Duquesne University offers two different forensic nursing programs: an MSN and a post-master's certificate. Since many aspiring forensic nurses may not already have a master's degree, most students enroll in the full MSN program. However, MSN-trained nurses who wish to transition to forensic nursing will be able to attend the certificate program.

This entirely online program takes 36 credits to complete and prepares students for any area of forensic nursing. Duquesne University partners with the Wecht Institute to offer this degree, so nursing students complete some courses through a different school within Duquesne. 

  • Total Tuition: $61,164
  • Online Options: Yes
  • Accreditation: CCNE
  • Program Length: 2.5 years
  • Contact Information:

6. Texas A&M University

An incredibly affordable MSN for anyone who lives in Texas, Texas A&M University's online MSN in forensic nursing is a 36-credit program completed over 2-3 years, though most students take closer to three years. 

While nurses complete most courses online, Texas A&M does require a total of 45 in-person hours at the Bryan College Station campus to meet clinical requirements set by the AACN. The university separates this into two visits taken during the second half of the degree.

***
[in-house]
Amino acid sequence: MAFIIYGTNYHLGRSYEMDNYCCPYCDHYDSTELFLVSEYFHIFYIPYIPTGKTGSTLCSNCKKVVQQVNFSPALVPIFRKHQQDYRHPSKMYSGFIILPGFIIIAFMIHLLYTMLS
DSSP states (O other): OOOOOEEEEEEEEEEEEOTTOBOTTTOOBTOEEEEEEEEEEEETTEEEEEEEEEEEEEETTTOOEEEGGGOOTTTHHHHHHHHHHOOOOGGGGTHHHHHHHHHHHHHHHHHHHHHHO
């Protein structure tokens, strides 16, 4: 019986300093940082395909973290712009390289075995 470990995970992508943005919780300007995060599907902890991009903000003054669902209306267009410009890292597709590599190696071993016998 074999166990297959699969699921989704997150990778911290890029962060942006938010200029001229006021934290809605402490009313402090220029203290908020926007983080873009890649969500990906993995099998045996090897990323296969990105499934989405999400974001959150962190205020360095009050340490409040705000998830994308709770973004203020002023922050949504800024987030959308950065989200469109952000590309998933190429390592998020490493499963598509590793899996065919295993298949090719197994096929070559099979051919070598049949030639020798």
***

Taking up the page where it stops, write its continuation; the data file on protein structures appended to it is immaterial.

• Tuition: Resident - $6,464 per semester | Nonresident - $12,818 per semester
  • Online Options: Yes
  • Accreditation: CCNE
  • Program Length: Two to three  years
  • Contact Information:

7. Mount Mercy University

Available in an online or hybrid format, Mount Mercy University's MSN lets students choose one of five emphases, including one in forensic nursing. Students who choose the hybrid format attend courses on Wednesday evenings in Cedar Rapids, Iowa. 

The forensic nursing route requires 36 credits, and students take courses about the theories of crimes and justice, administration of justice, and presenting evidence during a trial. This quick program uses a per-credit tuition rate, so part-time students don't pay higher tuition as they might elsewhere. 

  • Tuition: $704 per credit
  • Online Options: Yes
  • Accreditation: CCNE
  • Program Length: 16 to 21 months
  • Contact Information: 

8. Penn State World Campus